19 Groups arrayed by Budget Distribution Step 1: Use a bubble to represent each sub-group Step 2. Use x axis to show funding from government Step 3: Use y axis to show total grant funding (from STCU and other research foundations) Step 4: Use bubble size to show relative contributions from private companies (range from 0% to 95%)
20 Traditional STCU Focus Confidentiality Gov & STCU only Gov & minimal other influences
21 Sustainability may take different forms Sustainable #1: high grants & mod private Sustainable #2: high private Sustainable #5: gov & priv Sustainable #3: gov & grants Sustainable #4: 3-4 balanced sources True test of Sustainability is whether organizations continue to exist into the future.
22 Presentation of Yes/No Responses Step 1: Use the fixed array of bubbles as a constant way to represent the population of respondent organizations. Step 2: Vary the color of the center of the bubble to reflect responses to a particular question. -For each question, count number of yes responses as percent of total responses (e.g. 2/8 organizations in grouping responded yes=25%) -Then, assign color to core, using chart below:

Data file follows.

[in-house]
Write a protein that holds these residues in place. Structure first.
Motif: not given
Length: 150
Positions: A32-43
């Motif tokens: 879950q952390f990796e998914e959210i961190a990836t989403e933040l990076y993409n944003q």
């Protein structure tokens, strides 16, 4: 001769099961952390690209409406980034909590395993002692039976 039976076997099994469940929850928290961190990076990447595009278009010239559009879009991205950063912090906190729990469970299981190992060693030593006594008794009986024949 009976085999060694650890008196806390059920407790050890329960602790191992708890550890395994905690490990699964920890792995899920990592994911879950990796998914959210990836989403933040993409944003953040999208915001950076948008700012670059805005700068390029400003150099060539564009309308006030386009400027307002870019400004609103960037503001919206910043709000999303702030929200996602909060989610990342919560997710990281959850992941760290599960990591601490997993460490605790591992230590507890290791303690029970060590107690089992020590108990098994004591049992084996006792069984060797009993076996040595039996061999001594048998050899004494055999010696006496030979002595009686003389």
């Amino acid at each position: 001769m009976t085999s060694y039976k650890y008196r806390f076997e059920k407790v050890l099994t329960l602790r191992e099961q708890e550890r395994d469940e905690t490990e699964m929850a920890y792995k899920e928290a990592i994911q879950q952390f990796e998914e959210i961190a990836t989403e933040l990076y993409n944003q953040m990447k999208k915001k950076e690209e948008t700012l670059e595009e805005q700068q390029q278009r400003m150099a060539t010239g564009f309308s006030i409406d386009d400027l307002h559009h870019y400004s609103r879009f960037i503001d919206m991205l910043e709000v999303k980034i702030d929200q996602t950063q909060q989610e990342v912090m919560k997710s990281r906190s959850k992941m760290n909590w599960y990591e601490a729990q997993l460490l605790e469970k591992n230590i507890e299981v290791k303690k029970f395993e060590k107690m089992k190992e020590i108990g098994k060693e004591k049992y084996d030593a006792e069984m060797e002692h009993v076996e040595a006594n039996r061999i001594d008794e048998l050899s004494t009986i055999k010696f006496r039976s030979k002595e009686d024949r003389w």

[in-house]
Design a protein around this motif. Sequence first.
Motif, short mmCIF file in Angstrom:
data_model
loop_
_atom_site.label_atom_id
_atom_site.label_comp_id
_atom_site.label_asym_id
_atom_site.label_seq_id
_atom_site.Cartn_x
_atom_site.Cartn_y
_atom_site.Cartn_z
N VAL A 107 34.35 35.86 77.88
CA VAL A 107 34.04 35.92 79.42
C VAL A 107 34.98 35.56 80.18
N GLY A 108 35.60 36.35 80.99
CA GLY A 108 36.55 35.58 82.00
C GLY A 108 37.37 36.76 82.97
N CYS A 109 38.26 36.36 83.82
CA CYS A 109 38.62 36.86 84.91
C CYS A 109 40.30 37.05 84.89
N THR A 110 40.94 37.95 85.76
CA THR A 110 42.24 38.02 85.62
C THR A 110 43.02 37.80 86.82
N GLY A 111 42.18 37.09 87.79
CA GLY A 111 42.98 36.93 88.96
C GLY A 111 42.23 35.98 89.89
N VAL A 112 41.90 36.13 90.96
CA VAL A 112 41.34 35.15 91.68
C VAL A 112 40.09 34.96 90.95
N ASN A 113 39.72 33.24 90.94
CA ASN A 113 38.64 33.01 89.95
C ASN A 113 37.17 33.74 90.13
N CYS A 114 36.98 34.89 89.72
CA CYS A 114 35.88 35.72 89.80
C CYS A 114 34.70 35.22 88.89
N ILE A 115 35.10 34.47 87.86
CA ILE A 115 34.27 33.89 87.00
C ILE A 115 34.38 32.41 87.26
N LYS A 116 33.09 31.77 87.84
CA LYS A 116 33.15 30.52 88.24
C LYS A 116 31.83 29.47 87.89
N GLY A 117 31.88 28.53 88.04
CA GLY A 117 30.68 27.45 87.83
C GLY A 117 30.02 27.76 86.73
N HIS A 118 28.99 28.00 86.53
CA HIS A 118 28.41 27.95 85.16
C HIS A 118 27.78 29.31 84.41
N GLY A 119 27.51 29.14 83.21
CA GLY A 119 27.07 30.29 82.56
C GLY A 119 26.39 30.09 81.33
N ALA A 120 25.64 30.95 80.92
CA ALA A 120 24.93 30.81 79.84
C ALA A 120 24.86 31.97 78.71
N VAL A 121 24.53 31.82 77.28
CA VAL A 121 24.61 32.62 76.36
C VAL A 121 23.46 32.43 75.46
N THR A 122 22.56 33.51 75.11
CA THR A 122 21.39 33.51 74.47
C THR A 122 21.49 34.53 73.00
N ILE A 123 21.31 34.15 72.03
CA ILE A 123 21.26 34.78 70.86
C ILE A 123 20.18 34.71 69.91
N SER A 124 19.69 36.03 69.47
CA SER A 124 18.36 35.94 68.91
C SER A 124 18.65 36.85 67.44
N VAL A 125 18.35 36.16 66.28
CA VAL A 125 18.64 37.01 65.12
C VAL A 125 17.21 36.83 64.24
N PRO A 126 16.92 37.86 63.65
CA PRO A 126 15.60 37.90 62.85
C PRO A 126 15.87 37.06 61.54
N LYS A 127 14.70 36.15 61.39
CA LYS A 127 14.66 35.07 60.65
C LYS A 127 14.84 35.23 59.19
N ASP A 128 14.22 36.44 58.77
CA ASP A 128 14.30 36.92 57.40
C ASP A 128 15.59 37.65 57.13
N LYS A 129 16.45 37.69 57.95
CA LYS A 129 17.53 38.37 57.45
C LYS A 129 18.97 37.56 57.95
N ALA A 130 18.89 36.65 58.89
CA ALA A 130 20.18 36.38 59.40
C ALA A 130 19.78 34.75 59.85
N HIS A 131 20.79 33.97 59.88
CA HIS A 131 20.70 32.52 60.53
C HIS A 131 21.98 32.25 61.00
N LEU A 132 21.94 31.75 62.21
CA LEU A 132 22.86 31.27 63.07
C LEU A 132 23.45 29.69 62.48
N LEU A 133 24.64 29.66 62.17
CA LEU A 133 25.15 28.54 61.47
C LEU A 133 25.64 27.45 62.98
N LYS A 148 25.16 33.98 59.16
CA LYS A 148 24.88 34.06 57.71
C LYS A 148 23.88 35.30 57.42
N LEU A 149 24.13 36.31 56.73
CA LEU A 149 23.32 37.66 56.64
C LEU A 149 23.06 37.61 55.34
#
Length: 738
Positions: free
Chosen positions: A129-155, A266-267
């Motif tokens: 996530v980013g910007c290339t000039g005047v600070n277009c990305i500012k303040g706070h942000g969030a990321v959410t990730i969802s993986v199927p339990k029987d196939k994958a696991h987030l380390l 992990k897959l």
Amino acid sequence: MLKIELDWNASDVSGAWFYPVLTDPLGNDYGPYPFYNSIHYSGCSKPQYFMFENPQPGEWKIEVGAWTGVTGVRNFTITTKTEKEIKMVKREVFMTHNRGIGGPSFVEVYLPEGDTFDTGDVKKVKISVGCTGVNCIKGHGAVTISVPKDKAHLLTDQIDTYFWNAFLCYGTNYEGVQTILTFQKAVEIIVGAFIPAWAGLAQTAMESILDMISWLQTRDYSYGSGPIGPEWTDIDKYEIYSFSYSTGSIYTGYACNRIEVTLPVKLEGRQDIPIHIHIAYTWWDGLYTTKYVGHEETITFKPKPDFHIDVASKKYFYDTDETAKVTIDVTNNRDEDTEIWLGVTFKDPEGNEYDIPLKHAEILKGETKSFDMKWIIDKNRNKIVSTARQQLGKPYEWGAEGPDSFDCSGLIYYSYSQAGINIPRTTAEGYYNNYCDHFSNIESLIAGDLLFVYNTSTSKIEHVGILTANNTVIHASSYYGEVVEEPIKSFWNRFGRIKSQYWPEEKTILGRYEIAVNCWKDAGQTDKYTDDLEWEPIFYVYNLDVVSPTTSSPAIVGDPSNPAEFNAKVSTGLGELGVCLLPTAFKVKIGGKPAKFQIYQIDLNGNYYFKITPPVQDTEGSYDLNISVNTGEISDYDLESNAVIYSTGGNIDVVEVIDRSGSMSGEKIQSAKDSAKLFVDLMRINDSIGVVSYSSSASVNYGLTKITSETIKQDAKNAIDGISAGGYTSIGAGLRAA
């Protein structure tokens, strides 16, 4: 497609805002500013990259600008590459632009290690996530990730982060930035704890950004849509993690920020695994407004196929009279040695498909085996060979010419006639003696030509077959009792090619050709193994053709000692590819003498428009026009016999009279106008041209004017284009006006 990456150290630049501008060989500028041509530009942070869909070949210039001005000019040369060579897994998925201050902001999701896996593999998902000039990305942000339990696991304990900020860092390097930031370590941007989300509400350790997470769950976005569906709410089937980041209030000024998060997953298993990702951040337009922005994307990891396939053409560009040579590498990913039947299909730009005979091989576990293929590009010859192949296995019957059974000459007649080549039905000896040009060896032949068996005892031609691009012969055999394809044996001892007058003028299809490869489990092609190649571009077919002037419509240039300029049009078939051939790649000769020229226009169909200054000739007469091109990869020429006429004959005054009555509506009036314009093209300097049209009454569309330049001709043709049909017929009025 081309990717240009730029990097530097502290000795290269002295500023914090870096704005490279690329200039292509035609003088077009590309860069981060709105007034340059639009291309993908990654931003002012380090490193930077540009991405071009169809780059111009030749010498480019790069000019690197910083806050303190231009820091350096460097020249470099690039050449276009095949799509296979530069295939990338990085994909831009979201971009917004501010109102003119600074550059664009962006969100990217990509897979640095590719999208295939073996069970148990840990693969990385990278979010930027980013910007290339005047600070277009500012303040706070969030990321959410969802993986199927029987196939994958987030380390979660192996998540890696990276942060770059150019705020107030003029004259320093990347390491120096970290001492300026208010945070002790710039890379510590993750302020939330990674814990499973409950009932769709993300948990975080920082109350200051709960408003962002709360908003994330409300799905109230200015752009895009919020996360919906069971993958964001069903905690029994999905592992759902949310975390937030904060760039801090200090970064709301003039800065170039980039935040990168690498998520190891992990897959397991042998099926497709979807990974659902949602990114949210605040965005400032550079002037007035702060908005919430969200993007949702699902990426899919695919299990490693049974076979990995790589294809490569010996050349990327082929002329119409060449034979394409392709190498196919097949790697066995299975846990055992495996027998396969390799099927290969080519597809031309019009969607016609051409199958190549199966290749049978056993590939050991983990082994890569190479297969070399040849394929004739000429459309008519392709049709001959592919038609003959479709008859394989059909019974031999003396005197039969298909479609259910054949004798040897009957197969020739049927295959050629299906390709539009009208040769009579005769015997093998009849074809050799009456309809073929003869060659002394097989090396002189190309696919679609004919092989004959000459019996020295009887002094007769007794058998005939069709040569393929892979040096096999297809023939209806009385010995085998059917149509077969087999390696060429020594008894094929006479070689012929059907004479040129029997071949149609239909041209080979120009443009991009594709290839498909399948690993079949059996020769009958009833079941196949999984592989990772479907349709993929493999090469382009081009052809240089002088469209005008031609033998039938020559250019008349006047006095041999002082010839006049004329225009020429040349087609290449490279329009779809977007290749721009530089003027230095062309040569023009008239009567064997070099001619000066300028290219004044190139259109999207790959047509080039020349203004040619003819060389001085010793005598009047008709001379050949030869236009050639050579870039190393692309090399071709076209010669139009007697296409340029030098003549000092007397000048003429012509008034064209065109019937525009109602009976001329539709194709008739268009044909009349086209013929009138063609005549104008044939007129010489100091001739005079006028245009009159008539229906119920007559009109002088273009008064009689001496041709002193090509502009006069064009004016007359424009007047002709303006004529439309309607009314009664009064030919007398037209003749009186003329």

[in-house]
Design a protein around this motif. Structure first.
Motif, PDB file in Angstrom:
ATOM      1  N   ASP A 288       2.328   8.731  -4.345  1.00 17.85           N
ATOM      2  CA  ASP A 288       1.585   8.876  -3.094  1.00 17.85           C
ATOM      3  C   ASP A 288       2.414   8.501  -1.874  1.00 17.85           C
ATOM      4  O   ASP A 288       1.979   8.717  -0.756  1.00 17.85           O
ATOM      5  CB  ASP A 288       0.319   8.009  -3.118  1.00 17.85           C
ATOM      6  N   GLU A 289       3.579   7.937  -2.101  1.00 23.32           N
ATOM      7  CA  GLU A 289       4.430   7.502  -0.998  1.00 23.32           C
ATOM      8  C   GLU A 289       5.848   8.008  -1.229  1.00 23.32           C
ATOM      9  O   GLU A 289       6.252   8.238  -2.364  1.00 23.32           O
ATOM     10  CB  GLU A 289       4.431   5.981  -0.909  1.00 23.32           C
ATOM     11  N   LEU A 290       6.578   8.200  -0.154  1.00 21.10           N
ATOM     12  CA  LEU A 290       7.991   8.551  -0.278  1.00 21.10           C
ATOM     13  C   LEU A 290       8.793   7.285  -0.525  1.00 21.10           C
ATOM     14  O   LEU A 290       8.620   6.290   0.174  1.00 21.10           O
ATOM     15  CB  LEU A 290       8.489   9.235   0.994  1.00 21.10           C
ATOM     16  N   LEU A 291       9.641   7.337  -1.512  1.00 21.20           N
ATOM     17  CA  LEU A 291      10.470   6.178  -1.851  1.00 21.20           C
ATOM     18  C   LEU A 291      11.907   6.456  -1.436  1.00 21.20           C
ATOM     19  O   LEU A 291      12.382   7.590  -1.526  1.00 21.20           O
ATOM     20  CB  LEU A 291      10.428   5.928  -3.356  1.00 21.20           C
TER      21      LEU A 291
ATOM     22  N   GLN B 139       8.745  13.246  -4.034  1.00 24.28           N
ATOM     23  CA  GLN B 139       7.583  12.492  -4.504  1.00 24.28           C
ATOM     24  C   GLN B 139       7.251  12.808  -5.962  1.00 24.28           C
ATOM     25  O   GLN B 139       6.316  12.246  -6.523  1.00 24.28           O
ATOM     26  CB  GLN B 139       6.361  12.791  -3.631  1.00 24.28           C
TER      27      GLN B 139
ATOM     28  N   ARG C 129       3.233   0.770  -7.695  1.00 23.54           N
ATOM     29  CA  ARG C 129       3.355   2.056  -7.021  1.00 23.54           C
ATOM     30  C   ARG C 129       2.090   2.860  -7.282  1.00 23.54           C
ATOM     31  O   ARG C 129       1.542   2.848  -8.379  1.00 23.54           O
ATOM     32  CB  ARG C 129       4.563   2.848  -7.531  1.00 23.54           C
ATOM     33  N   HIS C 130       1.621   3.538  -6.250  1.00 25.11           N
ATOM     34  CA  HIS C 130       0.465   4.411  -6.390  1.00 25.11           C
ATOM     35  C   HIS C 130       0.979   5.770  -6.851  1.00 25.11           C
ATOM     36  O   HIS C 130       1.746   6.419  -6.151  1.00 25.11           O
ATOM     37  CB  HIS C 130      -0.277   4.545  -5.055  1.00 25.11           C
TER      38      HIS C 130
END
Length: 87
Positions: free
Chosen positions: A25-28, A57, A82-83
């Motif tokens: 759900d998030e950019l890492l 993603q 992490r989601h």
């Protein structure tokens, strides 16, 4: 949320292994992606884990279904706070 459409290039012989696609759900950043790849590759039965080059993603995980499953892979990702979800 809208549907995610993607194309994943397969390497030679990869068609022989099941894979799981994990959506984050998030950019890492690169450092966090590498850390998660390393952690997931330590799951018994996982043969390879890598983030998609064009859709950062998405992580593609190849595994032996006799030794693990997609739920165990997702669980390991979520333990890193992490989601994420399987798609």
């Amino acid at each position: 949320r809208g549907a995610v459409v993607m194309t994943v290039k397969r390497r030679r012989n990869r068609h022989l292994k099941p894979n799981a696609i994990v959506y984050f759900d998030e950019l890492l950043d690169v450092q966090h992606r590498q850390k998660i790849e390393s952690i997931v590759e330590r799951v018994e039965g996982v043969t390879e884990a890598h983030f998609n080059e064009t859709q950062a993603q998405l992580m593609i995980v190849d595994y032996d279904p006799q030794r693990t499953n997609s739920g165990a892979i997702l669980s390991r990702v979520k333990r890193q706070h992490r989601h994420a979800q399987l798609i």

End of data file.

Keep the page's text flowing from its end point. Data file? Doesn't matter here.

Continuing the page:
23 Business partnerships? For groupings reporting no private financing, higher grants seem correlated to greater percentage of business partnerships.
24 Commercial Value of (Foreign) Business Partnerships? Low Value Average High Value Organizations struggled to assign value to their business partnerships.
25 Non-STCU Research Grants? Do these groups need assistance applying for non- SCTU grants? Or has their private funding been adequate?
26 Value of Other Research Grants? Low Value Average High Value Organizations found assigning value of research grants much easier.
27 Spin-off companies or commercial groups? Groupings with higher private investment report more spin-offs. Likely includes Spin-offs: joint-stock lab, center, design bureau
28 Number of Spin-Off Companies? Low Value Average High Value No private investment, but some spin-offs Some private investment; no clear correlation with number of spin-offs